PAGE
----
By Chris Faubel, MD —
- The discovery of the class of corticosteroid called glucocorticoids began in the 1920’s.
- In the 1920’s, rheumatoid arthritis and other arthritidies were thought to have an infectious cause.
- By 1938, Dr. Philip Hench from the Mayo rheumatic disease service, noticed a 65yo doctor with arthritis that improved the day after becoming jaundiced.
- He later noted 31 other cases of joint pain resolving, to some extent, with pregnancy, infections, and post-surgically.
- The scientific community then abandoned the infectious theory and started to look at the adrenal glands — substance X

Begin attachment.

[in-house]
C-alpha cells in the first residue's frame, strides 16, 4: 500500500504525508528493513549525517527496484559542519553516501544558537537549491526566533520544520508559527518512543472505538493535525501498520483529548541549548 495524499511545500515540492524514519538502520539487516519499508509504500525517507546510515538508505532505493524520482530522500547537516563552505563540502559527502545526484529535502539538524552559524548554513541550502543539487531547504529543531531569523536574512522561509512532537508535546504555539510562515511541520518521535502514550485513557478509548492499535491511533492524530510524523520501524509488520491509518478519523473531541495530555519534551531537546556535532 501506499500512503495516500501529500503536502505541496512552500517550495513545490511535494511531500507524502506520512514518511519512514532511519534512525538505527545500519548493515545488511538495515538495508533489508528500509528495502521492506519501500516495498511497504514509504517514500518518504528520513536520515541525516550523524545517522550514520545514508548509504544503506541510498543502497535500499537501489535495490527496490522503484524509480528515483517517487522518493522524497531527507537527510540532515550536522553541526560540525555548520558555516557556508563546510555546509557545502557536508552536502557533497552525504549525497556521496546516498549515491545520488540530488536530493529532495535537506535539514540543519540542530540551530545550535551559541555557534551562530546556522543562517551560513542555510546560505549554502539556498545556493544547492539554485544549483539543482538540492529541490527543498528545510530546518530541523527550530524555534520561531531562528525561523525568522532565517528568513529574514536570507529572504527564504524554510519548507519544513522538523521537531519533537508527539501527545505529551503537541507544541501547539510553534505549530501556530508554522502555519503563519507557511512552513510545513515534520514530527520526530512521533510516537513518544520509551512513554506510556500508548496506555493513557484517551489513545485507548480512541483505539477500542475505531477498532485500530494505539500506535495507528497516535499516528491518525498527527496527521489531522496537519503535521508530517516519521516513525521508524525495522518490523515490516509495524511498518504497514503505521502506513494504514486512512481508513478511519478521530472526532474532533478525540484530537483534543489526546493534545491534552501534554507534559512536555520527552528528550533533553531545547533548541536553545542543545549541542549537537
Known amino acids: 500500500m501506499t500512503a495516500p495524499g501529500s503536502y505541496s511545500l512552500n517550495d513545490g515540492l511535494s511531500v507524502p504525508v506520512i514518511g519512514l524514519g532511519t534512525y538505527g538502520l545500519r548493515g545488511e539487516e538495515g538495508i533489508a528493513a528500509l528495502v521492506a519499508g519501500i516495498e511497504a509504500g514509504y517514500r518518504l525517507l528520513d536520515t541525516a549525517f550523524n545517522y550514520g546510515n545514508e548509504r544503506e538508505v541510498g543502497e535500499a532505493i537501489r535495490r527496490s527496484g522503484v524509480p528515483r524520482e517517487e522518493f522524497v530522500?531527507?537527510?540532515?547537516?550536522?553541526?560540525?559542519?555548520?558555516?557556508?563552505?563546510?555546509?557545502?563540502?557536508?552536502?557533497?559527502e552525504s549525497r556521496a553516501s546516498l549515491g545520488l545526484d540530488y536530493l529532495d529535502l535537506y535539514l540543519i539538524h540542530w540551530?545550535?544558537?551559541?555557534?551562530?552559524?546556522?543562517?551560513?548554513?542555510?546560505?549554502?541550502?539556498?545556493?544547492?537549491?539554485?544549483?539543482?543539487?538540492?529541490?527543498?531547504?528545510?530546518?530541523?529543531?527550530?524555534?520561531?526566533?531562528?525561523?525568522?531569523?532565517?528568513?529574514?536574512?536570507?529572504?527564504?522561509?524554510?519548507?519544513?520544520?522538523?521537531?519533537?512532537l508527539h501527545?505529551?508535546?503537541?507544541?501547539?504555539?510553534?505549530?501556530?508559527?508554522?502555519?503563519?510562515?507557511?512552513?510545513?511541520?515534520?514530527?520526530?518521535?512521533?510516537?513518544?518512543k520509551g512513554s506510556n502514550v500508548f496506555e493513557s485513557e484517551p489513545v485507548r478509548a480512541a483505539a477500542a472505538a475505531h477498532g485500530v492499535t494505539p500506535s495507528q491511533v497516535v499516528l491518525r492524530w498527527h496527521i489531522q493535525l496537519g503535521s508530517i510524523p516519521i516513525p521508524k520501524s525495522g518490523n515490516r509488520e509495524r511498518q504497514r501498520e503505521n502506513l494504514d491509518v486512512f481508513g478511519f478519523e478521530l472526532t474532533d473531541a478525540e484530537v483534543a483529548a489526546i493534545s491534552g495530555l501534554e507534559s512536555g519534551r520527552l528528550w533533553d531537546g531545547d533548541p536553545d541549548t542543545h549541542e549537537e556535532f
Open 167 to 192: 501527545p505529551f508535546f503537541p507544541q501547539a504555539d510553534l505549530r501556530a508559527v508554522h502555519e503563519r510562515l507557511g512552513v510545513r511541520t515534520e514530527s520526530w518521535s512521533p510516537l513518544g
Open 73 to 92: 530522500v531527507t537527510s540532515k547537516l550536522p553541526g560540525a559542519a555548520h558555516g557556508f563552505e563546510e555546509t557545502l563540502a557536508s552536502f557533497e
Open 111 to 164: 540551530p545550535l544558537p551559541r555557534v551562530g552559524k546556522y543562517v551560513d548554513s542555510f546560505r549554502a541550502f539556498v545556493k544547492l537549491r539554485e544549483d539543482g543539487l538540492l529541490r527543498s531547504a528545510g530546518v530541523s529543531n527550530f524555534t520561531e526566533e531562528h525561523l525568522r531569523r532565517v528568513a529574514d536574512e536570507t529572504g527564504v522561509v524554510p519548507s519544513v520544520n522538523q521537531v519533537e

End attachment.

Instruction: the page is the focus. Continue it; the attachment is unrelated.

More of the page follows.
- Multiple compounds were isolated from animal adrenals.
- Compound ‘E’ seemed to work particularly well in animals.
- World War II was progress, and so money was lacking, which left them frustrated.
- Merck gave multiple researchers around the world the remaining 9 grams of compound ‘E’ – [make it work or drop this idea]
- In September 1948, they injected their first human patient.
- A 29-yo female with severe, erosive arthritis that was chair-bound (unable to ambulate)
- After 4 days post-injection of compound E, she was able to walk out of the hospital.
- In 1950, Dr. Hench won the Nobel Prize in Medicine.
Compound E ended up being = Dehydrocorticosterone
FUN FACT: It took 3000 pounds of animal adrenal gland to make 1-gram of compound A